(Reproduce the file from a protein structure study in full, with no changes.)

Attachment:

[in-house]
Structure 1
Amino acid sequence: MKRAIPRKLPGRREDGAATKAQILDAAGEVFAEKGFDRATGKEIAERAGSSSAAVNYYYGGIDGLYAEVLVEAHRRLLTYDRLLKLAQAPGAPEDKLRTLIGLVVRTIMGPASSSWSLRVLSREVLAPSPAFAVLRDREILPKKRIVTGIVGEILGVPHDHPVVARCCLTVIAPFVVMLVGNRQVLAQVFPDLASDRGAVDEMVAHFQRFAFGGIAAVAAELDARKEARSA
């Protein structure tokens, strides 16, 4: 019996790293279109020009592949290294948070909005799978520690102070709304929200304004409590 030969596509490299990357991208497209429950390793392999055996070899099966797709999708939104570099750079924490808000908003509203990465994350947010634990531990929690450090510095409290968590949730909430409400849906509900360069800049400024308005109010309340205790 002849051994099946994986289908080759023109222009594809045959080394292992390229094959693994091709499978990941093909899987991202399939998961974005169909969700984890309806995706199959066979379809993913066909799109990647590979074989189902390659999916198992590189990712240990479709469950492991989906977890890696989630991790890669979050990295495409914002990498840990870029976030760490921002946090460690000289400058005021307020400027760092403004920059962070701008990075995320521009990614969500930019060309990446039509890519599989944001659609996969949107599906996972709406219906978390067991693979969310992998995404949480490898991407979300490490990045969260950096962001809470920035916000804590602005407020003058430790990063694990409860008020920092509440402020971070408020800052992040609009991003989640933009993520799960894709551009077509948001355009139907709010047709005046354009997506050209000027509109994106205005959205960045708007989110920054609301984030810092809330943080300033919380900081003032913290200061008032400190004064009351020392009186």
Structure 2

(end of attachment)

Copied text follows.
[in-house]
Structure 1
Amino acid sequence: MKRAIPRKLPGRREDGAATKAQILDAAGEVFAEKGFDRATGKEIAERAGSSSAAVNYYYGGIDGLYAEVLVEAHRRLLTYDRLLKLAQAPGAPEDKLRTLIGLVVRTIMGPASSSWSLRVLSREVLAPSPAFAVLRDREILPKKRIVTGIVGEILGVPHDHPVVARCCLTVIAPFVVMLVGNRQVLAQVFPDLASDRGAVDEMVAHFQRFAFGGIAAVAAELDARKEARSA
């Protein structure tokens, strides 16, 4: 019996790293279109020009592949290294948070909005799978520690102070709304929200304004409590 030969596509490299990357991208497209429950390793392999055996070899099966797709999708939104570099750079924490808000908003509203990465994350947010634990531990929690450090510095409290968590949730909430409400849906509900360069800049400024308005109010309340205790 002849051994099946994986289908080759023109222009594809045959080394292992390229094959693994091709499978990941093909899987991202399939998961974005169909969700984890309806995706199959066979379809993913066909799109990647590979074989189902390659999916198992590189990712240990479709469950492991989906977890890696989630991790890669979050990295495409914002990498840990870029976030760490921002946090460690000289400058005021307020400027760092403004920059962070701008990075995320521009990614969500930019060309990446039509890519599989944001659609996969949107599906996972709406219906978390067991693979969310992998995404949480490898991407979300490490990045969260950096962001809470920035916000804590602005407020003058430790990063694990409860008020920092509440402020971070408020800052992040609009991003989640933009993520799960894709551009077509948001355009139907709010047709005046354009997506050209000027509109994106205005959205960045708007989110920054609301984030810092809330943080300033919380900081003032913290200061008032400190004064009351020392009186």
Structure 2